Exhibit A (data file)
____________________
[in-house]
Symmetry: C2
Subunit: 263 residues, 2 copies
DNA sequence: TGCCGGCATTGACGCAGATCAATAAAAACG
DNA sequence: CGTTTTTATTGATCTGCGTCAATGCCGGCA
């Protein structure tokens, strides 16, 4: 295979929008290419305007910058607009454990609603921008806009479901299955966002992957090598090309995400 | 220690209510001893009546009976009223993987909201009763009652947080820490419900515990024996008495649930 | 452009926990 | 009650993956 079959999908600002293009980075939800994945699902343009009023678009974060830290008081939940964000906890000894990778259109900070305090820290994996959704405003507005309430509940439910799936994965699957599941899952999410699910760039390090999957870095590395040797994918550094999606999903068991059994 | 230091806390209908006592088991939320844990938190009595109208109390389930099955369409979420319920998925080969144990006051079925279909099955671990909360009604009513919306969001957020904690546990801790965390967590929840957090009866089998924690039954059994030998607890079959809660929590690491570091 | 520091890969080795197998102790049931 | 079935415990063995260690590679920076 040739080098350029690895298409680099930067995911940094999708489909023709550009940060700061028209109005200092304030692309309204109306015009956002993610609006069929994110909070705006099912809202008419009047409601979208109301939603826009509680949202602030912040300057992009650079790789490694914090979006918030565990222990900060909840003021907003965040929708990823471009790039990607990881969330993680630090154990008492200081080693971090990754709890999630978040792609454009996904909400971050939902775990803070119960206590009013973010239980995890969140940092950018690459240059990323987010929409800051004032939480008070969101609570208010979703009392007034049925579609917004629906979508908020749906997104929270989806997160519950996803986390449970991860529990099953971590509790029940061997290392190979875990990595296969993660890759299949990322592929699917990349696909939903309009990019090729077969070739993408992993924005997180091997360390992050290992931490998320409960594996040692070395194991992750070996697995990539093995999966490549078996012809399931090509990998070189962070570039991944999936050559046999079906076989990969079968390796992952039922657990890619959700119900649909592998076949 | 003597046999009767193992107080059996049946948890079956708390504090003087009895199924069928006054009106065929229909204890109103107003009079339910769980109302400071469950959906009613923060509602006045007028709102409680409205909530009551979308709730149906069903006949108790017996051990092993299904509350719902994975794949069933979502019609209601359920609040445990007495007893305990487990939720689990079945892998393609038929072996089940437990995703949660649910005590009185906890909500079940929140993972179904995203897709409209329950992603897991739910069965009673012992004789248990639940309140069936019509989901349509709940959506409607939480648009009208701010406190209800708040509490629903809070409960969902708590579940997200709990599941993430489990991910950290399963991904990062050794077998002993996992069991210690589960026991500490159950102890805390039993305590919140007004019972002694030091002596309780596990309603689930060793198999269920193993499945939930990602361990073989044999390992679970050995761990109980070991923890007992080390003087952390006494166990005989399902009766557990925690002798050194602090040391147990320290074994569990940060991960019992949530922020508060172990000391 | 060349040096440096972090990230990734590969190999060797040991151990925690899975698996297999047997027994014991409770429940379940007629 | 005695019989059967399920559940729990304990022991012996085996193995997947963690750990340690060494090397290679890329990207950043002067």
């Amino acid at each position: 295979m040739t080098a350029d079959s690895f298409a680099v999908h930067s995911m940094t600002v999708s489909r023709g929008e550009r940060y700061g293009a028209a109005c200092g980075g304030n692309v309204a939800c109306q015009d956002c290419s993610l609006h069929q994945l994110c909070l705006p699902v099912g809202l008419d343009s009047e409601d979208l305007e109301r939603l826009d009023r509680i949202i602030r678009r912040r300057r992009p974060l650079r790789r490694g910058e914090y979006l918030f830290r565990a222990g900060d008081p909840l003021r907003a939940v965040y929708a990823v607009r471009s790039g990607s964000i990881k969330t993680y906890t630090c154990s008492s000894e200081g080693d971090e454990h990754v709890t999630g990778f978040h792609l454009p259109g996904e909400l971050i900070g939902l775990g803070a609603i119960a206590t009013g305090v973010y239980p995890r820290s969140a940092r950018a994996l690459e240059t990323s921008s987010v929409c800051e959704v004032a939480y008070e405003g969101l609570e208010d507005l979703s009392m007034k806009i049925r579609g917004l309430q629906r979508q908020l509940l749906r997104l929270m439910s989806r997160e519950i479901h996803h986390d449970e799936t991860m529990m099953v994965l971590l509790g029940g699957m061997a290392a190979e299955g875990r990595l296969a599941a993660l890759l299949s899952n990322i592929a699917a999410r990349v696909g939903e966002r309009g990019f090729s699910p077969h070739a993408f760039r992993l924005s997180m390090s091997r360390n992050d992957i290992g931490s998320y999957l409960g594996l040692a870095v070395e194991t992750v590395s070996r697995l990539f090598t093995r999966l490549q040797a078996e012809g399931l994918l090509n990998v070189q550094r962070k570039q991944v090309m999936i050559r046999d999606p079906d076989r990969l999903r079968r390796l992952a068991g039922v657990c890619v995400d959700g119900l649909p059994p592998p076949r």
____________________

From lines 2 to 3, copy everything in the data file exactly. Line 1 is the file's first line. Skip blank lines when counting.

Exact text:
Symmetry: C2
Subunit: 263 residues, 2 copies